Nigerians Concerned Reggae, Dancehall Fading Away, As Artists Switch To Afrobeats

While the BBC made much of what it described as Ghana’s “love affair with Reggae” earlier this year, there has seemingly been love lost in Nigeria, where other reports are that the West African country’s Dancehall and Reggae stars, among them Patoranking, have ditched the Jamaican genre, in favor of Afrobeats.

In an article published in February this year, the BBC noted that “Afrobeats may be the dominant sound right now in Ghana, as in many other African countries, but the sounds of Jamaica can still be heard blaring through the speakers of Ghana’s roadside and beach bars almost every day” and that “Thursdays are reggae night in two big clubs in the capital, Accra – turning up the heat in an already hot climate”.

Conversely, the Nigerian Daily Post noted a few days ago that “it remains to be seen whether the former popular genres of reggae and dancehall will regain their prominence or fade quietly into the past”, as Afrobeat continues to evolve and shape the Nigerian musical landscape.

The BBC had noted that “Jamaican musicians such as the late greats Bob Marley and Peter Tosh and the group Culture have long been credited with planting the seeds of reggae music on African soil 50 years ago – and Ghana shows the roots have grown deep, and gone on to produce homegrown talent”.

It also noted that Reggae has been instrumental in spreading the message of Rastafari and has been “a cheerleader for Africa – singing about the beauty of the continent, boasting of its natural resources while calling for people in the diaspora to return to the motherland, which has gone a long way to solidify the bond between Reggae and Africa, especially during and after colonial rule”.

The BBC added, “it makes sense that Ghana, among the first African countries to gain independence (from the UK in 1957), gravitates to the sounds of struggle and strife associated with reggae. It has had plenty of struggle and strife, having experienced six military coups between the 1960s and 1980s”.

It listed Stonebwoy, Shatta Wale, as two of the biggest Reggae/Dancehall stars as well as Kojo Antwi aka Mr Music Man, and Rocky Dawuni, who made “waves on the global reggae scene with the 1998 hit In Ghana” and whose “growing popularity saw some of his tracks featuring on various US TV dramas and three Grammy nominations to his name”.


But the Nigerian Daily Post noted, in an article titled “Reggae, dancehall, others face extinction as afrobeat dominates Nigerian music”, that while Reggae and Dancehall were among the dominant musical genres in Nigeria at the turn of the century, “right right now, Afrobeat has effectively taken over the music industry.”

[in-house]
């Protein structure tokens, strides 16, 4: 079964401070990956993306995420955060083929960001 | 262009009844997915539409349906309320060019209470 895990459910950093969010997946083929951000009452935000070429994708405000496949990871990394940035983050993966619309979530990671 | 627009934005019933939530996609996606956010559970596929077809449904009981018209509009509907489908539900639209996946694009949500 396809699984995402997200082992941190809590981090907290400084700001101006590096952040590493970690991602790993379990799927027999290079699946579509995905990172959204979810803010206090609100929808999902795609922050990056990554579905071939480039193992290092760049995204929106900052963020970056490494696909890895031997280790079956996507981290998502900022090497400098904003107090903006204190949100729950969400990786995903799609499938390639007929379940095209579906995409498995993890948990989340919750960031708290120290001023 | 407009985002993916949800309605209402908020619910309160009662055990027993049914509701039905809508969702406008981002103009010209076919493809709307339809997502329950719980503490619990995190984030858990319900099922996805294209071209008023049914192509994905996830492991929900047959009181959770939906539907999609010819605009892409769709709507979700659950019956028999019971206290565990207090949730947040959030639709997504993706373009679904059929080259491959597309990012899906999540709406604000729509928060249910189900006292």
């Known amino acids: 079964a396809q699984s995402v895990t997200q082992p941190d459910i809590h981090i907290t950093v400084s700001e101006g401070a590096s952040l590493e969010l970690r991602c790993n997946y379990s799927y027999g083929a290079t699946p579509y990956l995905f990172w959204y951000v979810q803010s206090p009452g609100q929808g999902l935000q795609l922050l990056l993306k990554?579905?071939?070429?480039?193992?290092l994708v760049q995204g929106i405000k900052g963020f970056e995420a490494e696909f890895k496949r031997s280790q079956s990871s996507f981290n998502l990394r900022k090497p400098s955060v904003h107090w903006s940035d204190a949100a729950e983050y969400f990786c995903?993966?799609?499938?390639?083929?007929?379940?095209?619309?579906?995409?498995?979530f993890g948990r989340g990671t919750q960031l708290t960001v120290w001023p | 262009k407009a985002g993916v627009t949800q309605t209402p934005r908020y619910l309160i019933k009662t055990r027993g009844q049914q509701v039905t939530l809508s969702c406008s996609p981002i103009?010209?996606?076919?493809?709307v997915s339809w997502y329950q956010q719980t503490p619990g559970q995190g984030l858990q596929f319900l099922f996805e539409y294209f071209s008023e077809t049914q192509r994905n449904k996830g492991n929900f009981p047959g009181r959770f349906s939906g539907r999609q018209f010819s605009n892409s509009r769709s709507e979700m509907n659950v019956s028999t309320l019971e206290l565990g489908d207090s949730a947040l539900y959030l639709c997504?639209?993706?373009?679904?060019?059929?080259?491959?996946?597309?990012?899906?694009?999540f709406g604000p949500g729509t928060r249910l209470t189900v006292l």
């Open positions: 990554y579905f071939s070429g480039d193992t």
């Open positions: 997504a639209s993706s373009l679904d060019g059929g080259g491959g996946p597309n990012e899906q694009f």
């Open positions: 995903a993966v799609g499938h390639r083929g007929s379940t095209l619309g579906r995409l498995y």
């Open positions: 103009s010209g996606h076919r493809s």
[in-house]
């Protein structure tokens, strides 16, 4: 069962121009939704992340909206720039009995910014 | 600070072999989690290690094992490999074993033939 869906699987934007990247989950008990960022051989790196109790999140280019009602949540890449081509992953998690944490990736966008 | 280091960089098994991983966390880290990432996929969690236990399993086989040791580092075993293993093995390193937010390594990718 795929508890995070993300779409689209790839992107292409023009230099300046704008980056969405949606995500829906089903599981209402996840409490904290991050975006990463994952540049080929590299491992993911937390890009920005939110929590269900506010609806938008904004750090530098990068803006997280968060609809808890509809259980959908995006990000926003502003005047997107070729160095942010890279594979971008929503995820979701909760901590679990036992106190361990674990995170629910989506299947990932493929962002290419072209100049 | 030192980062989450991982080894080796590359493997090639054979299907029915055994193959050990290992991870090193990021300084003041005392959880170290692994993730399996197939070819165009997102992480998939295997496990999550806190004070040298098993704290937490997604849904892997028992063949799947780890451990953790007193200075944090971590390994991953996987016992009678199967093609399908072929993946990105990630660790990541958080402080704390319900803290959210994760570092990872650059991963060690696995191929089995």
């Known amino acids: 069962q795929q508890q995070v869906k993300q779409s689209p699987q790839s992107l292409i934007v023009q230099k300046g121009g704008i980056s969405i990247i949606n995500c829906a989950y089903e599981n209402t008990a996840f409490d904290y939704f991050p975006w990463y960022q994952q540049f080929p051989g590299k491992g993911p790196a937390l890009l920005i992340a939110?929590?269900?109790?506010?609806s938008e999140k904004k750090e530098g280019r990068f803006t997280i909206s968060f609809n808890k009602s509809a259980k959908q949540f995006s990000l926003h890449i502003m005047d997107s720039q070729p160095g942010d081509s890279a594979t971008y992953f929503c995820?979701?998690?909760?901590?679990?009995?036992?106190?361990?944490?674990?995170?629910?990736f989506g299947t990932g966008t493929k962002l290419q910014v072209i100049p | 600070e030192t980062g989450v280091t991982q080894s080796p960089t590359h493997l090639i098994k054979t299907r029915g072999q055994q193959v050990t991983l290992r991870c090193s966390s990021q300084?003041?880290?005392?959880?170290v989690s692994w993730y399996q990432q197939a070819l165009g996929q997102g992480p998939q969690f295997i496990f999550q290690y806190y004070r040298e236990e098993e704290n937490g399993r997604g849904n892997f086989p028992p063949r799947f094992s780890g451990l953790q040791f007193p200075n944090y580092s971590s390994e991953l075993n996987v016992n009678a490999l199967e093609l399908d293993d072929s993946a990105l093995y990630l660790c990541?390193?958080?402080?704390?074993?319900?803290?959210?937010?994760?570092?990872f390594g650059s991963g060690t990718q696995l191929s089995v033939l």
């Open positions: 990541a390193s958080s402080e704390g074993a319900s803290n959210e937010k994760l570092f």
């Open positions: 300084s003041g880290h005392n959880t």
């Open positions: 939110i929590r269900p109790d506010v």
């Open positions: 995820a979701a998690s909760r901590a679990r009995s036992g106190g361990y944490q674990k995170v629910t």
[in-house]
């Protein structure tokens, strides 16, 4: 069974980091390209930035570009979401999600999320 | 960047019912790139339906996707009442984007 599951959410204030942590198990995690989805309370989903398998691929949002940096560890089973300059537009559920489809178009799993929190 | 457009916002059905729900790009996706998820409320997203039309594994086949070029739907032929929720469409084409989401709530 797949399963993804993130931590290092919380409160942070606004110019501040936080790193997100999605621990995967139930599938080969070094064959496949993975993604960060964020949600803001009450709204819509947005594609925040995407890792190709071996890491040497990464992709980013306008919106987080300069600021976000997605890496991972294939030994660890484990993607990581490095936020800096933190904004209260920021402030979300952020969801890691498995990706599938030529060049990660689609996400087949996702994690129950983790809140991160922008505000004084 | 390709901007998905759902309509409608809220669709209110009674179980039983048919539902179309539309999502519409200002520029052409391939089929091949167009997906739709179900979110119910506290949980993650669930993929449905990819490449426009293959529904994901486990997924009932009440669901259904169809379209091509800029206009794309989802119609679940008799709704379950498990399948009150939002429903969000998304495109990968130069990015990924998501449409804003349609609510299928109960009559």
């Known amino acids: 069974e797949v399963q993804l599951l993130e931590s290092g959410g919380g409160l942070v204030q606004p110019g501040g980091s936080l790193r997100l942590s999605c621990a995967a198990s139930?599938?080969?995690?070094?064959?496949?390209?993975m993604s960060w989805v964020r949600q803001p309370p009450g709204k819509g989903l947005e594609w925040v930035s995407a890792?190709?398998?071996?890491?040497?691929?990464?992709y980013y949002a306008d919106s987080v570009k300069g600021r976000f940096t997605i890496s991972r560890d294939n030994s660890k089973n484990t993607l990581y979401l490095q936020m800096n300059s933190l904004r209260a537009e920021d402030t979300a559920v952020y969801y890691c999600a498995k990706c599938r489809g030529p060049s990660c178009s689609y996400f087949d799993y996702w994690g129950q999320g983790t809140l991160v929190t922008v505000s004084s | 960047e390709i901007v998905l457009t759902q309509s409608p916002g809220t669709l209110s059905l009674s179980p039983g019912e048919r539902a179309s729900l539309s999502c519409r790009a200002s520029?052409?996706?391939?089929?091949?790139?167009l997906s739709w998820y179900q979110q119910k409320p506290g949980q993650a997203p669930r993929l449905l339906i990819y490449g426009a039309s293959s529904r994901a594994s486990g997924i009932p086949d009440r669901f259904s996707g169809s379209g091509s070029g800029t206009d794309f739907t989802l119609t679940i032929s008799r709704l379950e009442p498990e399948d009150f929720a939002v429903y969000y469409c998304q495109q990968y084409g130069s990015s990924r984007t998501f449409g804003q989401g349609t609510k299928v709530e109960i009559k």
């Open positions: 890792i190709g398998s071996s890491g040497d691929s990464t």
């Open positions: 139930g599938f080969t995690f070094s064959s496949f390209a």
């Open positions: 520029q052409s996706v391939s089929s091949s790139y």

According to the publication, some music fans worry that other subgenres may soon fade away due to how popular the African genre has become. 

“At its height, reggae was the mainstay of Nigerian music. Majek Fashek, Ras Kimono, Victor Essiet (from “The Mandators”), Evi Edna Ogoli, and Peterside Ottong, among others, captivated audiences both domestically and abroad. Dancehall, a subgenre of reggae, became popular between the end of the 1990s and the beginning of the 2000s,” the article noted.

It added that “Dancehall became a powerful voice that addressed societal ills and criticised the state of governance” and was particularly popular on the streets of Ajegunle, Lagos’ and that Ragga and galala, described as two additional reggae derivatives and subgenres, also experienced a boom thanks to artists like Daddy Showkey, Marvellous Benji, Raymond King, and Junglist.

Afrobeat, it noted, had early pioneers, artists such as  D’banj and P-Square, who marked a significant turning point in Nigerian music, and that “those who would carry out the transformation started to emerge within a decade”.

“What is amazing about Afrobeat is how strongly it appeals to supporters of other genres who have given up the music they are naturally drawn to in favour of trying the new fusion that has become the sound of Africa… Nonetheless, most music lovers are perplexed by how Afrobeat continues to grow while other genres are in decline.”

The article cited DJ Slixm, a well-known figure in the music business, as saying that Afrobeat’s popularity was due to its adaptability, while Dancehall’s “repetitive beats and patterns are a drawback that has aided in the genre’s dwindling appeal”.

“The genre’s lack of innovation and fresh sounds has caused listeners to seek new musical experiences, leading to the emergence of other genres such as afrobeat that offer a diverse range of sounds and styles,” he is quoted as saying.

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